Alcohol abuse and dependence are among the most common psychiatric conditions identified in epidemiological surveys of the general population. The aim of this article is to examine the psychometric properties of Diagnostic and Statistical Manual of Mental Disorders, (4th ed.; DSM-IV; American Psychiatric Association, 1994) criteria for alcohol abuse and dependence using latent class analysis (LCA). Six thousand two hundred and sixty-five young Australian twins (median age 30 years) were interviewed by telephone between 1996 and 2000 using a modified version of the Semi-Structured Assessment for the Genetics of Alcoholism (SSAGA). DSM-IV symptoms of alcohol abuse and dependence were collected by structured diagnostic interview and analyzed using methods of LCA. LCA revealed a 4-class solution for women that classified individuals according to the severity of their alcohol- related problems: no/few problems (66.5%), heavy drinking (23.9%), moderate dependence (7.6%) and severe dependence (2.0%). Among men the preferred solution included 5 classes corresponding to no/few problems (46.4%), heavy drinking (34.3%), moderate dependence (12.2%), severe dependence (3.0%) and abuse (4.0%). Evidence of a male-specific class of alcohol-related problems corresponding to abuse partially supports the DSM conceptualization of alcohol use disorders but suggests that this conceptualization — and measurement — may need to be refined for women. Identification of a male- specific abuse class also has important implications for interventions and treatment as these individuals experienced significant alcohol-related problems and comprised approximately 21% of all men classified with an alcohol use disorder.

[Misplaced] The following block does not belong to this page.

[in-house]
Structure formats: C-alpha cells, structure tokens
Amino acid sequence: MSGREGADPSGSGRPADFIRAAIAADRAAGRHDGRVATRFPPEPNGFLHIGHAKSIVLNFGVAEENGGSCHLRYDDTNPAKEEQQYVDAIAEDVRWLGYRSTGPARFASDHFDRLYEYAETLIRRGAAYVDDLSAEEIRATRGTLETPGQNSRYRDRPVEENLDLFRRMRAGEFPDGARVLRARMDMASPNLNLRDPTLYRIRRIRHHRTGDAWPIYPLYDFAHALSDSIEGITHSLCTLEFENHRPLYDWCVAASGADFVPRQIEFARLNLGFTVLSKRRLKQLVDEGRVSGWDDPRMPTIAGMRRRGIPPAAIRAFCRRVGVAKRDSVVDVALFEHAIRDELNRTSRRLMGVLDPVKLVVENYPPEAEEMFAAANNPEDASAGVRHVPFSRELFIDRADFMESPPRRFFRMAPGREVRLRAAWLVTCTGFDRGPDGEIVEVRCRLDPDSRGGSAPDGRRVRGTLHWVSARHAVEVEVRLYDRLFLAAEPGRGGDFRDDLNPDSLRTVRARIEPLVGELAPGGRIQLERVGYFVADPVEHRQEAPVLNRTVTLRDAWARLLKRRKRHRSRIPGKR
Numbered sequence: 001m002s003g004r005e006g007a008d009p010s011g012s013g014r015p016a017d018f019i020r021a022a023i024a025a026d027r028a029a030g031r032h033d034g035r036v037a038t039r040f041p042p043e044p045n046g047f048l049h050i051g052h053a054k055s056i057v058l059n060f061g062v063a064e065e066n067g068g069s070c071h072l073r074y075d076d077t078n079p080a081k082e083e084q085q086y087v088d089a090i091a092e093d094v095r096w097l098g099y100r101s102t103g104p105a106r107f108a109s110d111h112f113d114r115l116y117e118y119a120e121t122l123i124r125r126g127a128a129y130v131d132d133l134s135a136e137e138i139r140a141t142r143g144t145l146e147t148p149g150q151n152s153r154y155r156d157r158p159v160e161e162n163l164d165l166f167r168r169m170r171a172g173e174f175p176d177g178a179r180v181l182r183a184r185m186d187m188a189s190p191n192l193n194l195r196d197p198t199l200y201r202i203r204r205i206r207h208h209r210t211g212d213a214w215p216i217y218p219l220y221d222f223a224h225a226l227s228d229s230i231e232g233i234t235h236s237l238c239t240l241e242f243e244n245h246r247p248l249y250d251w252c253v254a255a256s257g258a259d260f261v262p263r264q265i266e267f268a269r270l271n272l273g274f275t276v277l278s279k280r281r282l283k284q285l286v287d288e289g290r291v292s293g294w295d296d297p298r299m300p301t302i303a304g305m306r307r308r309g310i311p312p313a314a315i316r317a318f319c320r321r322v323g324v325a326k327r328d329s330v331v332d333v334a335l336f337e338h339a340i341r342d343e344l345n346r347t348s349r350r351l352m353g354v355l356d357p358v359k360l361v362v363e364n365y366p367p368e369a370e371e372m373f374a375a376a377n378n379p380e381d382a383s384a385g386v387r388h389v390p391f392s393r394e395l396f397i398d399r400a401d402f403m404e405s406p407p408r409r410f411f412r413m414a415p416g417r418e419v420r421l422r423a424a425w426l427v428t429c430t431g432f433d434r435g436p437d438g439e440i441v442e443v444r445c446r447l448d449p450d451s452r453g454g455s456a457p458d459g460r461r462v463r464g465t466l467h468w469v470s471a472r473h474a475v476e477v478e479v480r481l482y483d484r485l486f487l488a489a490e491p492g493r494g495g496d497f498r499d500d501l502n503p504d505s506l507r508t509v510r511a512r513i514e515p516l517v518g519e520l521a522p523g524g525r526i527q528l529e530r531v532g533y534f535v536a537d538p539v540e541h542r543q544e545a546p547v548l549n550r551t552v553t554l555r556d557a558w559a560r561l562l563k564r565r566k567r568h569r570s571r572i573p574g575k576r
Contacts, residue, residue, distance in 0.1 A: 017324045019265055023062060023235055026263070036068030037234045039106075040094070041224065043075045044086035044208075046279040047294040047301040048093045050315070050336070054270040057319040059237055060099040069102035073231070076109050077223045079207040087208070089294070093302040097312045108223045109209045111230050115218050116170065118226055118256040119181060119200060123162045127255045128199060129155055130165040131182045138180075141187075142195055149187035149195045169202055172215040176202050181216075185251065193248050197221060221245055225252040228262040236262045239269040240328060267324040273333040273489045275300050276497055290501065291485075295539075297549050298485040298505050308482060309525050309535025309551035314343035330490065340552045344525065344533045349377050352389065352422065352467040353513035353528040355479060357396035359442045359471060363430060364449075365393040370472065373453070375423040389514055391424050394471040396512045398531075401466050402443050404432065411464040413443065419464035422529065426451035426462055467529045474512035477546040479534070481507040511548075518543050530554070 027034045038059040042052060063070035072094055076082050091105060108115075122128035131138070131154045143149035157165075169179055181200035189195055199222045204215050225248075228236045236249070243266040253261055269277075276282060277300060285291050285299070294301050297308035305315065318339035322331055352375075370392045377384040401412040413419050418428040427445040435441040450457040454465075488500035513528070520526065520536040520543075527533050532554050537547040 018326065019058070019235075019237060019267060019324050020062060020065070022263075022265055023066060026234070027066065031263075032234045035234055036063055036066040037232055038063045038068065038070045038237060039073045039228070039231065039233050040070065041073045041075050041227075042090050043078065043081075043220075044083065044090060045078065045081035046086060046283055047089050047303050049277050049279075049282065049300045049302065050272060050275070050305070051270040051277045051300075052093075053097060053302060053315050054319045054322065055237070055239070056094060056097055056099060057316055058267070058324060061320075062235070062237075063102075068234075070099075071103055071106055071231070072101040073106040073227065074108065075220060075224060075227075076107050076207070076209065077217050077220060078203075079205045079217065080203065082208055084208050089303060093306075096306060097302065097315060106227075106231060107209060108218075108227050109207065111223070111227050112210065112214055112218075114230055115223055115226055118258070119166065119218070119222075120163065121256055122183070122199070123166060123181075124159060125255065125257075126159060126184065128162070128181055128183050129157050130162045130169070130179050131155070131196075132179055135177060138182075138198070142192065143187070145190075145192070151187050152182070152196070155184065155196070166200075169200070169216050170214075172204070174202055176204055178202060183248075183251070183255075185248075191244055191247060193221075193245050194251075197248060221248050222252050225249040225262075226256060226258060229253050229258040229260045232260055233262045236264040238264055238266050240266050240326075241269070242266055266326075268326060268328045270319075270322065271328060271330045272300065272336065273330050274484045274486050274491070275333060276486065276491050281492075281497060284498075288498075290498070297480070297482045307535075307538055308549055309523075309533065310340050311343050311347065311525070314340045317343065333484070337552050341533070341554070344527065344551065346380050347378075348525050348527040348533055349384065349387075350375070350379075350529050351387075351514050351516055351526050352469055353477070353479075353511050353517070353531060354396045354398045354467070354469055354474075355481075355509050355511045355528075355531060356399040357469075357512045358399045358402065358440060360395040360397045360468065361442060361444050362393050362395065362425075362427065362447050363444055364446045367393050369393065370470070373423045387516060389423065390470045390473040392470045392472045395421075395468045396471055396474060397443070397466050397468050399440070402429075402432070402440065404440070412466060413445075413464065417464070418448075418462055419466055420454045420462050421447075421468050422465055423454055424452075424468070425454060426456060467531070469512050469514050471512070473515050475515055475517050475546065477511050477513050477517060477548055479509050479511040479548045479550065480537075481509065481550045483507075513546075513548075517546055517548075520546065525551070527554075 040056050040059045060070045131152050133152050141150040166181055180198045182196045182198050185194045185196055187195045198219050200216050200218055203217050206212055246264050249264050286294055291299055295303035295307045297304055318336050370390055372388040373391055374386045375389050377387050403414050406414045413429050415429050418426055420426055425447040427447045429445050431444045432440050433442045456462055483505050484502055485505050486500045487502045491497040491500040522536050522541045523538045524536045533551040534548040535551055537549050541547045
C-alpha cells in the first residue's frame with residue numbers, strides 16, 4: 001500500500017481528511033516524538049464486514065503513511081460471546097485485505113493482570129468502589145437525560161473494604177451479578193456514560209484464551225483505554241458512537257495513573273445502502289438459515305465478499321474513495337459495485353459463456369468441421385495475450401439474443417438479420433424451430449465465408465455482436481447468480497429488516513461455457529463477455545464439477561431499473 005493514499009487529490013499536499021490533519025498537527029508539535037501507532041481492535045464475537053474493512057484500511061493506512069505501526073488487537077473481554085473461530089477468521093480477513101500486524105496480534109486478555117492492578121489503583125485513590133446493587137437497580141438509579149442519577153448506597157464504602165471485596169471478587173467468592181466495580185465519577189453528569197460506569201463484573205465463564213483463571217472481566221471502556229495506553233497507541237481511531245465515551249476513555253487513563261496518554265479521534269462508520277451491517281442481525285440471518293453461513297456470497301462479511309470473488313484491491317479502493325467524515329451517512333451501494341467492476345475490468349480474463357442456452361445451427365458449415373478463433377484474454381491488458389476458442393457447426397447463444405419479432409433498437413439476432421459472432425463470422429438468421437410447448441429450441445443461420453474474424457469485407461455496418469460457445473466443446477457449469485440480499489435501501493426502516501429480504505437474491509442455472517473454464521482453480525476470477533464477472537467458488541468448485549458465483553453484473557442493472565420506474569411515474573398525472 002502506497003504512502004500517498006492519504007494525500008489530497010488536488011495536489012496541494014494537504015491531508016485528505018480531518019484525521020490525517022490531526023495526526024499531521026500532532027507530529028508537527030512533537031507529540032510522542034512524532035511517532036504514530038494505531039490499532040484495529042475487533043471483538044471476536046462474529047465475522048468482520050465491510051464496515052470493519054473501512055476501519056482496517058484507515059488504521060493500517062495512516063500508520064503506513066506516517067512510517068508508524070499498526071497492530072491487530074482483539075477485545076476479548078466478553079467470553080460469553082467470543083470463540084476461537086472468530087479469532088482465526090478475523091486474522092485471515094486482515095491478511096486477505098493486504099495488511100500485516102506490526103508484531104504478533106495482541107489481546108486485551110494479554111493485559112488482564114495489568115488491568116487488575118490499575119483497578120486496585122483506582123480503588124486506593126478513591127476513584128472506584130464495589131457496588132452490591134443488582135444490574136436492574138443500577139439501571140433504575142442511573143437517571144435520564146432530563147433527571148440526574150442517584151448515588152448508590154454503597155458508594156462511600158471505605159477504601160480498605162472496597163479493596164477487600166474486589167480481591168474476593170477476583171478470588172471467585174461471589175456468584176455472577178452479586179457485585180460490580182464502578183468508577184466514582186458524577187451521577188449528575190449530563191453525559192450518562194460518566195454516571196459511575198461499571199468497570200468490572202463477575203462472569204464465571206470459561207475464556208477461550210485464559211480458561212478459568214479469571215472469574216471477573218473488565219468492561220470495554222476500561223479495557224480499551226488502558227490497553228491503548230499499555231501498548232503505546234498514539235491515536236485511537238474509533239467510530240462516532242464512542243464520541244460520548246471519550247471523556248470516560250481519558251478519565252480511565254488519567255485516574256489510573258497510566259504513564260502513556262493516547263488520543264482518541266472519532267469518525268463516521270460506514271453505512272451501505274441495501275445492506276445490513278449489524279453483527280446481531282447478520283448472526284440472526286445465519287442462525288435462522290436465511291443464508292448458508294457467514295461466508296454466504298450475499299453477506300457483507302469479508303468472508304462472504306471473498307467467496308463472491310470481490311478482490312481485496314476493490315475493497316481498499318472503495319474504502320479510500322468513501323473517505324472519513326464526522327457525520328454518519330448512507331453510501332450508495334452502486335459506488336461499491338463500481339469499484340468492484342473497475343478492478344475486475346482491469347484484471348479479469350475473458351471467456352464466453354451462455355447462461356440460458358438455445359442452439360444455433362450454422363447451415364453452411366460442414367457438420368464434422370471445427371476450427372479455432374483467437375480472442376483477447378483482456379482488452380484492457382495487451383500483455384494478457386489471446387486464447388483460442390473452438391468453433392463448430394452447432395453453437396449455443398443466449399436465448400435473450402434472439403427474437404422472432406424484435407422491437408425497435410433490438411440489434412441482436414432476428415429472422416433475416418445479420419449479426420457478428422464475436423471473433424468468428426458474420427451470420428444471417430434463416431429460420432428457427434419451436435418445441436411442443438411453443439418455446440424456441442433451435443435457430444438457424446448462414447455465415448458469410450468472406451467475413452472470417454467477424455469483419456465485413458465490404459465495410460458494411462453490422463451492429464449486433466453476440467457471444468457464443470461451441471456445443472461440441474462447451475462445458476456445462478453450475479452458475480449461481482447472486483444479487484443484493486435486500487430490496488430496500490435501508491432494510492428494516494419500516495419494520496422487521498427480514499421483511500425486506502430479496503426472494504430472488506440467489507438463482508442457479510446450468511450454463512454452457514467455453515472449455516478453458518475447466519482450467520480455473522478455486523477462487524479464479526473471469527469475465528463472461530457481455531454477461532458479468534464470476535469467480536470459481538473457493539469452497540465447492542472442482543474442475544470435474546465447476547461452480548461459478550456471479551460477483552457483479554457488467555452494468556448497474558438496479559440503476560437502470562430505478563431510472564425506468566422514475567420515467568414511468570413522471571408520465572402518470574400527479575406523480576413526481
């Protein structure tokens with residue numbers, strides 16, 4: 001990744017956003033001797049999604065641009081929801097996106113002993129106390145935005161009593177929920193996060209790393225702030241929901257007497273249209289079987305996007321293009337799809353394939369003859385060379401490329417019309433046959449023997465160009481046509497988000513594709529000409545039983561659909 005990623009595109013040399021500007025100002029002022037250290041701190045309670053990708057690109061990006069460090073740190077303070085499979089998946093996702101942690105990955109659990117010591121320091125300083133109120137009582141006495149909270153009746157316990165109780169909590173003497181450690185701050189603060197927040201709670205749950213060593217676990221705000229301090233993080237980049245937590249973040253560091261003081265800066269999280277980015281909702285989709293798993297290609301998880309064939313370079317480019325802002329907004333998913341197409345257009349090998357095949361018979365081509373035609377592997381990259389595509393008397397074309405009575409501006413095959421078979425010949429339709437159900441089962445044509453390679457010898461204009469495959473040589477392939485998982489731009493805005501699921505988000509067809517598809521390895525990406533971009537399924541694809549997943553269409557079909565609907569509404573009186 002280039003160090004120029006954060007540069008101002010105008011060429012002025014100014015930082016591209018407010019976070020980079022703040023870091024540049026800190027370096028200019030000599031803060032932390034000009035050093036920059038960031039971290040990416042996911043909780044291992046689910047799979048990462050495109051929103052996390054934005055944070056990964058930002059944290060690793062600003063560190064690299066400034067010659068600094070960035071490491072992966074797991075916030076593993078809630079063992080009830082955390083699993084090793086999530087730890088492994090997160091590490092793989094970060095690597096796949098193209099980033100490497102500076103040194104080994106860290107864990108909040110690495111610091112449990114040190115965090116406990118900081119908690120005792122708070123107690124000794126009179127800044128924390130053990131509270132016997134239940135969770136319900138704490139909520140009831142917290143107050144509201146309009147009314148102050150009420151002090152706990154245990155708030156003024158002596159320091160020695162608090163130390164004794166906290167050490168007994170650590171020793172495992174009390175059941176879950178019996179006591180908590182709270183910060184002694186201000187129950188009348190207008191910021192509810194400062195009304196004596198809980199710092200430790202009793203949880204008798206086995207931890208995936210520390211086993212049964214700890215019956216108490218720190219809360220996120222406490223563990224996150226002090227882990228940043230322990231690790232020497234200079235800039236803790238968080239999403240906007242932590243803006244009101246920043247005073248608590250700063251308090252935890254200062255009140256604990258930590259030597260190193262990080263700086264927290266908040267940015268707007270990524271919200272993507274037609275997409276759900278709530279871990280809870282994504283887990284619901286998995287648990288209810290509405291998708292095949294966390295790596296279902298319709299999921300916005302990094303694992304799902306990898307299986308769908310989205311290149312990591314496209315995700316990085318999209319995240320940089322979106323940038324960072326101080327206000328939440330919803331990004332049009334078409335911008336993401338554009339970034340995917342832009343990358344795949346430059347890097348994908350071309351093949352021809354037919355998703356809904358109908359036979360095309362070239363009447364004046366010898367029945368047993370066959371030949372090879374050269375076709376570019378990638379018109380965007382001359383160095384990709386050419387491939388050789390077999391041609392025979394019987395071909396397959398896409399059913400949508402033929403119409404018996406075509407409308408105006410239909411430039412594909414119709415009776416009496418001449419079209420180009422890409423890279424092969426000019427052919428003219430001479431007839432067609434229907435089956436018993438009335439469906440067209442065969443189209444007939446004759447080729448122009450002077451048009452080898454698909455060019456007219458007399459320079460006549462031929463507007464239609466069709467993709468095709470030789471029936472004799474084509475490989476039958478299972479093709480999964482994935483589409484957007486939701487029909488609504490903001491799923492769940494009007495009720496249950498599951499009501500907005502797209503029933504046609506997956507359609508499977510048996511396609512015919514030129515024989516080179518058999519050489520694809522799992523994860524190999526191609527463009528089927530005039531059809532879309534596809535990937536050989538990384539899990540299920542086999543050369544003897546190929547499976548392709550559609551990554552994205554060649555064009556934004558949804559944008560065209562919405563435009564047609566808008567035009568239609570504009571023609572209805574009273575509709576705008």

Background. Children of alcoholics are significantly more likely to experience high-risk environmental exposures, including prenatal substance exposure, and are more likely to exhibit externalizing problems [e.g. attention deficit hyperactivity disorder (ADHD)]. While there is evidence that genetic influences and prenatal nicotine and/or alcohol exposure play separate roles in determining risk of ADHD, little has been done on determining the joint roles that genetic risk associated with maternal alcohol use disorder (AUD) and prenatal risk factors play in determining risk of ADHD.
Method. Using a children-of-twins design, diagnostic telephone interview data from high-risk families (female monozygotic and dizygotic twins concordant or discordant for AUD as parents) and control families targeted from a large Australian twin cohort were analyzed using logistic regression models.
Results. Offspring of twins with a history of AUD, as well as offspring of non-AUD monozygotic twins whose co-twin had AUD, were significantly more likely to exhibit ADHD than offspring of controls. This pattern is consistent with a genetic explanation for the association between maternal AUD and increased offspring risk of ADHD. Adjustment for prenatal smoking, which remained significantly predictive, did not remove the significant genetic association between maternal AUD and offspring ADHD.
Conclusions. While maternal smoking during pregnancy probably contributes to the association between maternal AUD and offspring ADHD risk, the evidence for a significant genetic correlation suggests: (i) pleiotropic genetic effects, with some genes that influence risk of AUD also influencing vulnerability to ADHD; or (ii) ADHD is a direct risk-factor for AUD.
Background. Genetic influences have been shown to play a major role in determining the risk of attention-deficit hyperactivity disorder (ADHD). In addition, prenatal exposure to nicotine and/or alcohol has also been suggested to increase risk of the disorder. Little attention, however, has been directed to investigating the roles of genetic transmission and prenatal exposure simultaneously.